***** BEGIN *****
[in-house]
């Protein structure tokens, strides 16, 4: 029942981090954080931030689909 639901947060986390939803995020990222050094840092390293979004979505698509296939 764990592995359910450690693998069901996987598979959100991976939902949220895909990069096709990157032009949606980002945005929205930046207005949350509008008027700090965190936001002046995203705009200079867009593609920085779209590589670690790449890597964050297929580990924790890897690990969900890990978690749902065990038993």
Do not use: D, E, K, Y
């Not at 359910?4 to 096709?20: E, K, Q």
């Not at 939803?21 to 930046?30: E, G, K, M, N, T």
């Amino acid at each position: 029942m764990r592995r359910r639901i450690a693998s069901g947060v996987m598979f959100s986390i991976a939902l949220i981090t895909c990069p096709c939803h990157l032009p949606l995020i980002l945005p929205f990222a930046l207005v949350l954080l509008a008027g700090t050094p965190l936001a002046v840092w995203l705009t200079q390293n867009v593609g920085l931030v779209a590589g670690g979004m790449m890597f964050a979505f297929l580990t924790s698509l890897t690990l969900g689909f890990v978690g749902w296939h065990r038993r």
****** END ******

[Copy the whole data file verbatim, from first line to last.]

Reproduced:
[in-house]
């Protein structure tokens, strides 16, 4: 029942981090954080931030689909 639901947060986390939803995020990222050094840092390293979004979505698509296939 764990592995359910450690693998069901996987598979959100991976939902949220895909990069096709990157032009949606980002945005929205930046207005949350509008008027700090965190936001002046995203705009200079867009593609920085779209590589670690790449890597964050297929580990924790890897690990969900890990978690749902065990038993």
Do not use: D, E, K, Y
């Not at 359910?4 to 096709?20: E, K, Q």
């Not at 939803?21 to 930046?30: E, G, K, M, N, T």
């Amino acid at each position: 029942m764990r592995r359910r639901i450690a693998s069901g947060v996987m598979f959100s986390i991976a939902l949220i981090t895909c990069p096709c939803h990157l032009p949606l995020i980002l945005p929205f990222a930046l207005v949350l954080l509008a008027g700090t050094p965190l936001a002046v840092w995203l705009t200079q390293n867009v593609g920085l931030v779209a590589g670690g979004m790449m890597f964050a979505f297929l580990t924790s698509l890897t690990l969900g689909f890990v978690g749902w296939h065990r038993r």